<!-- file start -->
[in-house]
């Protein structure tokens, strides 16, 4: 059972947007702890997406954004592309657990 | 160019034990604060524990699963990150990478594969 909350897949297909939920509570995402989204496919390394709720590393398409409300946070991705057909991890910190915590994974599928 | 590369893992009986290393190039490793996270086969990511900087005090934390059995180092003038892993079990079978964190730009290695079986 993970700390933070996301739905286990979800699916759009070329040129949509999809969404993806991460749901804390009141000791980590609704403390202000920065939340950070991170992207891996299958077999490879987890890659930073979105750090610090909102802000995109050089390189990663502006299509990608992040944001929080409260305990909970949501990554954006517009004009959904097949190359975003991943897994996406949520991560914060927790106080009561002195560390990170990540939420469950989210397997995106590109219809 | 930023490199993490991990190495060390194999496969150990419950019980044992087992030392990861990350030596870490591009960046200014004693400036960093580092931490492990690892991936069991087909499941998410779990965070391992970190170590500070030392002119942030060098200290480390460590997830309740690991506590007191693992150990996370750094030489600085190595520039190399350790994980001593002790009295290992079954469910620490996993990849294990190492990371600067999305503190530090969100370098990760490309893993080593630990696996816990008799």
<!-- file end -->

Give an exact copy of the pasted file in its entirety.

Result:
[in-house]
């Protein structure tokens, strides 16, 4: 059972947007702890997406954004592309657990 | 160019034990604060524990699963990150990478594969 909350897949297909939920509570995402989204496919390394709720590393398409409300946070991705057909991890910190915590994974599928 | 590369893992009986290393190039490793996270086969990511900087005090934390059995180092003038892993079990079978964190730009290695079986 993970700390933070996301739905286990979800699916759009070329040129949509999809969404993806991460749901804390009141000791980590609704403390202000920065939340950070991170992207891996299958077999490879987890890659930073979105750090610090909102802000995109050089390189990663502006299509990608992040944001929080409260305990909970949501990554954006517009004009959904097949190359975003991943897994996406949520991560914060927790106080009561002195560390990170990540939420469950989210397997995106590109219809 | 930023490199993490991990190495060390194999496969150990419950019980044992087992030392990861990350030596870490591009960046200014004693400036960093580092931490492990690892991936069991087909499941998410779990965070391992970190170590500070030392002119942030060098200290480390460590997830309740690991506590007191693992150990996370750094030489600085190595520039190399350790994980001593002790009295290992079954469910620490996993990849294990190492990371600067999305503190530090969100370098990760490309893993080593630990696996816990008799």